Just as a child plays at its own will with its reflection in a mirror, with the help of his Yogamaya, Krishna sported with the gopis, who are regarded to have been shadows of his own form.[7]

Performance[edit]

Rasalila has been a popular theme in Kathak, Bharatanatyam,[8] Odissi, Manipuri, and Kuchipudi dance forms. rasalila is a popular form of folk theatre in the regions of Mathura, Vrindavana in Uttar Pradesh, Nathdwara amongst various followers of pushtimarg or the vallabh sect and other sects in the regions of India. It is also seen in gaudiya vaishnavism in Nadia a district of West Bengal which is also known for Raas Utsava. Vanga Raas of Santipur is the main festival of this town, Nabadwip also has Shakta Raas.

The Raas Leela (Raas Mahotsav) is also observed as one of the State Festivals of Assam which usually is celebrated during late November or early December. During Raas Mahotsava, several thousand devotees visit the holy temples and satras of Assam every year. The Raas Mahotsav of Majuli, Nalbari and of Howly are noteworthy.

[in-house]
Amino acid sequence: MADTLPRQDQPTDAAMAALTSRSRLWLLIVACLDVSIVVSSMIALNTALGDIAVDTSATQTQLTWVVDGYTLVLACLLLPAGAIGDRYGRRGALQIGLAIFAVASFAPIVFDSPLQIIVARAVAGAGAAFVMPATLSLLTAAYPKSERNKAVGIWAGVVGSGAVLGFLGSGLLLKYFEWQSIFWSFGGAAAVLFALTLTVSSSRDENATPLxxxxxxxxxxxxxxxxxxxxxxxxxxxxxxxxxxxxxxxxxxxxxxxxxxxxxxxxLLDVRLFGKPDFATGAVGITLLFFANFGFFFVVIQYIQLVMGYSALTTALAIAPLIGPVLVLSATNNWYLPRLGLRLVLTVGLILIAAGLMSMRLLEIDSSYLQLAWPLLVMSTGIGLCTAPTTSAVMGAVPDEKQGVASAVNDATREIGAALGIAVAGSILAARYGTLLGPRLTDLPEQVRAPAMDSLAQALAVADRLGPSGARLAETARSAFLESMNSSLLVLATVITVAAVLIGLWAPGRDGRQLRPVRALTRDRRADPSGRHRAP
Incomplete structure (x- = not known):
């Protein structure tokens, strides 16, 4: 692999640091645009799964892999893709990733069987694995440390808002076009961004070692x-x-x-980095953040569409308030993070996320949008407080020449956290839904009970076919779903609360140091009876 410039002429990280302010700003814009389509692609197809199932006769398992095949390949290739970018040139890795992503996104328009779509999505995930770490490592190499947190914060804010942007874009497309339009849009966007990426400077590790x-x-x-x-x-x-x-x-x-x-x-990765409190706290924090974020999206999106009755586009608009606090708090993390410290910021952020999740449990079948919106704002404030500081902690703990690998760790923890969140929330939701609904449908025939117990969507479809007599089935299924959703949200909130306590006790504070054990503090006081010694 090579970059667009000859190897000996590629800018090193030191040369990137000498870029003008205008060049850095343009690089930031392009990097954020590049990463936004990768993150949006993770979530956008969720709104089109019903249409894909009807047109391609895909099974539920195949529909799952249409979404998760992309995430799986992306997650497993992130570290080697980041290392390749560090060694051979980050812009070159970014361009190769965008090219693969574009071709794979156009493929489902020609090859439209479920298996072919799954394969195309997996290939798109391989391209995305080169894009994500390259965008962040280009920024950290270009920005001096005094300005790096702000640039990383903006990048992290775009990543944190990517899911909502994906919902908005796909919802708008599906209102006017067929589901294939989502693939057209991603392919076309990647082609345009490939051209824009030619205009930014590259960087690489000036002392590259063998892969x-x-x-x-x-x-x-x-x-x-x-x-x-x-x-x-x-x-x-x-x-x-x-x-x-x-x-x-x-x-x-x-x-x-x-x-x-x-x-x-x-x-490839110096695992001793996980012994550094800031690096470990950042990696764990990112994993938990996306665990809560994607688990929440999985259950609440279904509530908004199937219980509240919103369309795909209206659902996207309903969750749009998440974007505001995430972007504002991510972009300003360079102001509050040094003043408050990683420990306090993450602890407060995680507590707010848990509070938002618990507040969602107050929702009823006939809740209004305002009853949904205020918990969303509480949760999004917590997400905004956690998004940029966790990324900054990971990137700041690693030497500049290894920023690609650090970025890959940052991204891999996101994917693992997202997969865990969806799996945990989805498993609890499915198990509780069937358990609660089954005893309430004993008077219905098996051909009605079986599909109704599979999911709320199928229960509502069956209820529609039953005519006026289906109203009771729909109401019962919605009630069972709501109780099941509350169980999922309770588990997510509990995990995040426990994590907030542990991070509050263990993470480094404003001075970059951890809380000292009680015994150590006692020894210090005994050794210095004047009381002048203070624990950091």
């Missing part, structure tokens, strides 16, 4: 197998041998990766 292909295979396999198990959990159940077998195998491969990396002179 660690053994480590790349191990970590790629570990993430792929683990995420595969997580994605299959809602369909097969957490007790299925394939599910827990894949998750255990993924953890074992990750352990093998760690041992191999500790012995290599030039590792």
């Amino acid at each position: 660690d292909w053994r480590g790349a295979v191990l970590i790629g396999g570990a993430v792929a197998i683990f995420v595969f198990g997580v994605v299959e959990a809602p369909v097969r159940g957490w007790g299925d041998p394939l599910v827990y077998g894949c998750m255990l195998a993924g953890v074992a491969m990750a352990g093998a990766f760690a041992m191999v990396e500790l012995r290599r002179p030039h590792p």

Raas Leela in Manipuri classical Indian dance style

In the tradition of Vaishnavism of Manipur Raas Leela is depicted within Manipuri classical Indian dance and revolves around the story of love between Krishna and Radha, his divine beloved. This form of dance was started by Bhagya Chandra in 1779 and in some parts of India is still performed every year on Krishna Janmashtami (the festival to celebrate Krishna's birthday). According to different traditions, the rasa-lila is performed either by boys and girls, or by girls only. The dance is performed holding dandi (sticks) and is often accompanied with folk songs and devotional music.

The traditional rasalila performances in Vrindavan are famous throughout the Vaishnava world as an experience of the spiritual world. rasalila performance was started by Swami Sri Uddhavaghamanda Devacharya in the early 15th Century CE at Vamshivata in Vrindavan, Mathura. He was a prominent saint of the Nimbarka Sampradaya, and disciple of the world-renowned Swami Sri Harivyasa Devacarya. The Vani literature of Vraja is the transcription of the songs that were heard by Swami Harivyasa Devacarya and his Guru, Swami Shri Shribhatta as they meditated on the Nitya Lila of Radha Krishna. These songs describe the eternal spiritual abode of Radha Krishna, the Sakhis and Nitya Vrindavana Dham - or Nikunja Dham. It became more prominent utsava in 16th and 17th century, when Mahaprabhu Shri Vallabhacharya and Vitthalanatha gusaiji made it more popular.